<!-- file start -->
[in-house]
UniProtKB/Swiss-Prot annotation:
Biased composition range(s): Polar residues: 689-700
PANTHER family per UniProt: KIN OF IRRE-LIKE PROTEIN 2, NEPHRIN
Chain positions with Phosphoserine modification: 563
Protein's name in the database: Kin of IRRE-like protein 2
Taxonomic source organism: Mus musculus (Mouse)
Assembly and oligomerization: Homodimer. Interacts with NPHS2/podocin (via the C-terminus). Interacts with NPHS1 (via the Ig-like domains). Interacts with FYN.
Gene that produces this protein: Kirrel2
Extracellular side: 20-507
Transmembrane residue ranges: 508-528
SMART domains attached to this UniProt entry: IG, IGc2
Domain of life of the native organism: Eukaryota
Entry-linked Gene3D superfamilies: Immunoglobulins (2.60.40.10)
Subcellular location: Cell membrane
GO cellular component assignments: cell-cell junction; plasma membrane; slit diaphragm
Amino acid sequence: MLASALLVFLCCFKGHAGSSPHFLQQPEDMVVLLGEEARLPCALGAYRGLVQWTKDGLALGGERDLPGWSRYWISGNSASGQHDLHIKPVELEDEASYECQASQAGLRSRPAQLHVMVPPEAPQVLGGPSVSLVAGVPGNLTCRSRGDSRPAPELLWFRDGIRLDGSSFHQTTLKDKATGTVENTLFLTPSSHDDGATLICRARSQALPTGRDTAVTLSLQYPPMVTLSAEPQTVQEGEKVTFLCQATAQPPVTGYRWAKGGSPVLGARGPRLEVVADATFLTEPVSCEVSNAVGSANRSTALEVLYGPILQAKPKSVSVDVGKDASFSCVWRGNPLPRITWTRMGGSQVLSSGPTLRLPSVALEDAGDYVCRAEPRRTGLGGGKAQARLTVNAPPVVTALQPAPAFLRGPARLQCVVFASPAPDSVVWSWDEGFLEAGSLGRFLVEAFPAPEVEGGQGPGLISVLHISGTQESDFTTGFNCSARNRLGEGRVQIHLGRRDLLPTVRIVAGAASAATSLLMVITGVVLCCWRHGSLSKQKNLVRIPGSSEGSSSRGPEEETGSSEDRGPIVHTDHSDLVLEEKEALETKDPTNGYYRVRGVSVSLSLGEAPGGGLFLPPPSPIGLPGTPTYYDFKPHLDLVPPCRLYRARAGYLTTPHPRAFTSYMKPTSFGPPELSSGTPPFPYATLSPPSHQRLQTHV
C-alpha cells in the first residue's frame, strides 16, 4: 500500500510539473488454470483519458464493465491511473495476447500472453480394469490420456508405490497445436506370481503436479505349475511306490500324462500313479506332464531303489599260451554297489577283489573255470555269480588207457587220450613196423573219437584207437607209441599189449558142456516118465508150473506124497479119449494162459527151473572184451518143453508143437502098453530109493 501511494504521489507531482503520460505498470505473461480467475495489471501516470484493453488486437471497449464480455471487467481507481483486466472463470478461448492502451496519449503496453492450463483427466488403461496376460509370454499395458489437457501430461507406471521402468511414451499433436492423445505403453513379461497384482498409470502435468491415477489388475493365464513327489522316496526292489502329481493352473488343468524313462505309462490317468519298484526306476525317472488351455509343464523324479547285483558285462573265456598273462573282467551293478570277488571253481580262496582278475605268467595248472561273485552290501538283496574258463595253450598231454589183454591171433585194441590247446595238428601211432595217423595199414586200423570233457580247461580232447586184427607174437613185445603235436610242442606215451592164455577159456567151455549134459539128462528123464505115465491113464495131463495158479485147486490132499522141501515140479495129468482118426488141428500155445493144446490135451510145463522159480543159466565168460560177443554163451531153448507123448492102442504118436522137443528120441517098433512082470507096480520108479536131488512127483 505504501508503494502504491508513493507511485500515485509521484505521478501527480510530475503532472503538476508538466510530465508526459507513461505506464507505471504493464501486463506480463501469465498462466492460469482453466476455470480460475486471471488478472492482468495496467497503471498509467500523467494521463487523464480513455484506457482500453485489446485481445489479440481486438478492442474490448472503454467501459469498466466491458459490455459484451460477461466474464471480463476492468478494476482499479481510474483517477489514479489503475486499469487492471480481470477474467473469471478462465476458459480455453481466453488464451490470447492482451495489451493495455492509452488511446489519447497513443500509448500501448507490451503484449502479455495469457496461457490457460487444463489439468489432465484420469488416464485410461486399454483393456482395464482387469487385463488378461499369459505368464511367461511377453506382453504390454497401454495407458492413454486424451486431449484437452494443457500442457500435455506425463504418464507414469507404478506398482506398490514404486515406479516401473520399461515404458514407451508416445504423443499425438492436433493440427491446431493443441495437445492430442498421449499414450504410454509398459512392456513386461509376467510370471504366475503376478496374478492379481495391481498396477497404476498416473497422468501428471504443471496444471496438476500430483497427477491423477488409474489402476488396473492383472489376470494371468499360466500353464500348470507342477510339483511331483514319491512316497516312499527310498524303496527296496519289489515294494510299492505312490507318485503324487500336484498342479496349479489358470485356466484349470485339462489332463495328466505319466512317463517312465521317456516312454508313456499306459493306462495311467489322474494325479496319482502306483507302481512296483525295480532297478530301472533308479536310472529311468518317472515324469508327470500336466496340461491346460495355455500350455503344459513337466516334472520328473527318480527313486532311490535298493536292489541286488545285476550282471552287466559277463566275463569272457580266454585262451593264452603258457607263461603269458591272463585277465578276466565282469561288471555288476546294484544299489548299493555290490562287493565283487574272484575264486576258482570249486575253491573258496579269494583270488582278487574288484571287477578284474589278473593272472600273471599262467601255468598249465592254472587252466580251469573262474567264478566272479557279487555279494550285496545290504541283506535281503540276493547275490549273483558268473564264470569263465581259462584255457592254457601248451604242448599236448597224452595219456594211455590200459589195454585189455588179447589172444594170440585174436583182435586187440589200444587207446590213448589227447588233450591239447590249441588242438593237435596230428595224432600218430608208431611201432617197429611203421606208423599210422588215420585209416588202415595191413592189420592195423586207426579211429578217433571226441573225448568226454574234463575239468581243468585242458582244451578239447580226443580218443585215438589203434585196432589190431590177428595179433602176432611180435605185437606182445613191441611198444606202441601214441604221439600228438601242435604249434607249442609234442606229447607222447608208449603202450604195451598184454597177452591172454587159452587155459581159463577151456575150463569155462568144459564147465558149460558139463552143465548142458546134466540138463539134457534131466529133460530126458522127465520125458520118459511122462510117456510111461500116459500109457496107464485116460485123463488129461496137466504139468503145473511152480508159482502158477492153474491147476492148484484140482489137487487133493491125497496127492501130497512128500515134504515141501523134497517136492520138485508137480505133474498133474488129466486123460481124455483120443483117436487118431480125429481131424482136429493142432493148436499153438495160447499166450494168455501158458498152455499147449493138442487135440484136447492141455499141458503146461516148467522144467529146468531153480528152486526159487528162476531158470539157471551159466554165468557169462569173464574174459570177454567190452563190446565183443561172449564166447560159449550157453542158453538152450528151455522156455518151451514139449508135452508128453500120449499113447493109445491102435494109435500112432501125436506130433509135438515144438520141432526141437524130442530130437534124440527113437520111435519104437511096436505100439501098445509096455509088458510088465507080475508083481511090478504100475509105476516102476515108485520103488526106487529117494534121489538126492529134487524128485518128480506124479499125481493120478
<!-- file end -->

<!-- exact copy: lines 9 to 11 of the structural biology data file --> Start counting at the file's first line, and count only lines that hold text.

Gene that produces this protein: Kirrel2
Extracellular side: 20-507
Transmembrane residue ranges: 508-528